'No models' mag drops ban after thinner sales
A German women’s magazine which dropped models to use pictures of “real people” in its pages, has reversed the decision and will be returning to the professionals.
The September edition of Brigitte will feature models again, after more than two years of the ban, editors Brigitte Huber and Stephan Schäfer said in a statement.
From now on, they would work with models “whenever we believe that it fits better for a topic or cover image,” they said. “For more diversity in Brigitte.”
They said more than 1,000 women aged between 18 and 68 had been used in fashion and beauty features - singers, housewives, policewomen and students – in the attempt to “give beauty its naturalness back and show that attractiveness has many faces.”
As well as the odd wrinkle or rounded belly, the women featured were given full names, ages and occupation in the attempt to change the game when using photographs of women.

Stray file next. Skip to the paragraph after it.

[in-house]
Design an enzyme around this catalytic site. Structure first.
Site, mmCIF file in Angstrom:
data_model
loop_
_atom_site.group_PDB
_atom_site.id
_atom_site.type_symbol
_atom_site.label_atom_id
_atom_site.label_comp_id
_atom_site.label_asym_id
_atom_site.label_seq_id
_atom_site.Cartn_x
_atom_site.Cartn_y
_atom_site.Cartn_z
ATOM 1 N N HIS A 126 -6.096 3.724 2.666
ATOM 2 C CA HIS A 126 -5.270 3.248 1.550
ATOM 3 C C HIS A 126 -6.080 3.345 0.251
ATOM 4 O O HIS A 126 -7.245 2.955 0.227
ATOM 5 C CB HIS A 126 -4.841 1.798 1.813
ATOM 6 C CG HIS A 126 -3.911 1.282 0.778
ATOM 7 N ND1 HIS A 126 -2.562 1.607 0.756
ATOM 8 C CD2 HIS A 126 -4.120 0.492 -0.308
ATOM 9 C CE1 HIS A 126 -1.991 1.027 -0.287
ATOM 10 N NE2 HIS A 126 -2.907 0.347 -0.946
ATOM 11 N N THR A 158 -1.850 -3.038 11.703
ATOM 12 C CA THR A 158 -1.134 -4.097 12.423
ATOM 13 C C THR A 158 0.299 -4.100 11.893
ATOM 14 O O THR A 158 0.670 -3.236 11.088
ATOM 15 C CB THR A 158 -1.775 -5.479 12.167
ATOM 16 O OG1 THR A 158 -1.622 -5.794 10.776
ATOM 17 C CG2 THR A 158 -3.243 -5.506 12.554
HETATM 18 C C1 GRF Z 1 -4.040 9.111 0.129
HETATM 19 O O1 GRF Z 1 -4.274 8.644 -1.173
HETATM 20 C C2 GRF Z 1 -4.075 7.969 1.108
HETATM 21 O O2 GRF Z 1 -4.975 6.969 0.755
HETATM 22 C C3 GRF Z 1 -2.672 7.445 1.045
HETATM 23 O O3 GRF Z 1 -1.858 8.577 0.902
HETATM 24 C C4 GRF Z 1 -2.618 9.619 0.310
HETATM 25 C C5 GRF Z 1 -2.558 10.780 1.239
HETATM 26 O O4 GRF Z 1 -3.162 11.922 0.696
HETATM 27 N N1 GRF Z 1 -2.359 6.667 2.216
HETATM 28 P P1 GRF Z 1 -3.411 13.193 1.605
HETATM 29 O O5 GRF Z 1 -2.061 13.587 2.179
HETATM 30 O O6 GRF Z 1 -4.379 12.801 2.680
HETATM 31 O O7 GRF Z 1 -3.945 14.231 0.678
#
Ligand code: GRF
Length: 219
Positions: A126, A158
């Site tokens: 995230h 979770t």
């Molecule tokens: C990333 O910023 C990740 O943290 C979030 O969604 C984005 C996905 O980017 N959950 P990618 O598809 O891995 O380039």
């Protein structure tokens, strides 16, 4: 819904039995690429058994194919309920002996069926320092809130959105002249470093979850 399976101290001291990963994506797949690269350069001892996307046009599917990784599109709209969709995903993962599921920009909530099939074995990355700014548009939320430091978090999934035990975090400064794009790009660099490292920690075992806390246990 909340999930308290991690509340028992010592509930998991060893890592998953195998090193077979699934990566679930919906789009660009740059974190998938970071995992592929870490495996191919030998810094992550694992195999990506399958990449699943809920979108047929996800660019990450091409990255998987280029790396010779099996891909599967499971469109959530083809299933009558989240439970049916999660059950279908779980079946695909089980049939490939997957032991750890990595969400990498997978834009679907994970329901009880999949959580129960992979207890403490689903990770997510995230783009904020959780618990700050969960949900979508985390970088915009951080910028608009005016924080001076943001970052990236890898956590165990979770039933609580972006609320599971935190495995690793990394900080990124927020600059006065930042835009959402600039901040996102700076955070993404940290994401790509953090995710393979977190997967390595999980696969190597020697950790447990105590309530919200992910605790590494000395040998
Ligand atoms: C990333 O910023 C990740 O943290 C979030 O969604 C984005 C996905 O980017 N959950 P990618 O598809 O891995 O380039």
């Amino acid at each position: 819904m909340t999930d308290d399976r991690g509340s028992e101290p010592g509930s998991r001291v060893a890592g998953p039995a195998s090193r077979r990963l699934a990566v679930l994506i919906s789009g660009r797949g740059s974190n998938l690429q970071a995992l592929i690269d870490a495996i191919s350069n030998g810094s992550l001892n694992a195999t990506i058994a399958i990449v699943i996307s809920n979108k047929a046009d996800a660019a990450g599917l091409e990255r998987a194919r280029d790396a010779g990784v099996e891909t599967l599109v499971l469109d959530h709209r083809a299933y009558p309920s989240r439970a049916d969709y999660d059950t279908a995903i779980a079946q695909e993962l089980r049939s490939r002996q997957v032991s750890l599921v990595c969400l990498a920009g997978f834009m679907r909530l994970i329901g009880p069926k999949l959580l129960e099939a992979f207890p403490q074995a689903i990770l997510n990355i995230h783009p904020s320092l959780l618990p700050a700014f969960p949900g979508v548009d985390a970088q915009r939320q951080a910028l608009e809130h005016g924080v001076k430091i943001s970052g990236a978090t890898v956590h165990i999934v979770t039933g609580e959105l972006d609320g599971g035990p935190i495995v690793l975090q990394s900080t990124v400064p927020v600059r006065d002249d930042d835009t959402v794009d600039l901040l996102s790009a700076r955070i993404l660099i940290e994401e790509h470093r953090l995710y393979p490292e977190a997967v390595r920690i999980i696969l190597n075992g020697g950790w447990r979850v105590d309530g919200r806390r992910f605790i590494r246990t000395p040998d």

But they claimed to have had some feedback saying that the “normal women” in the photo shoots were distracting – and even made readers feel worse about themselves than models, because they seemed so flawless, but were nonetheless not models.
The sales figures seem to have failed to follow those of the models in rounding out even a little since January 2010, the Tagesspiegel newspaper said on Friday.
It said the number of subscriptions had dropped by nearly 22 percent since the change-over, while 35 percent fewer copies were sold in shops. And although a number of factors were likely to be at fault, the “no models” policy would likely be one of them, the paper said.
Although the models will be back on Brigitte’s pages, the editors promised they would not be using very thin, “size zero”, models, and that they would continue to look for and feature non-professionals for photo shoots.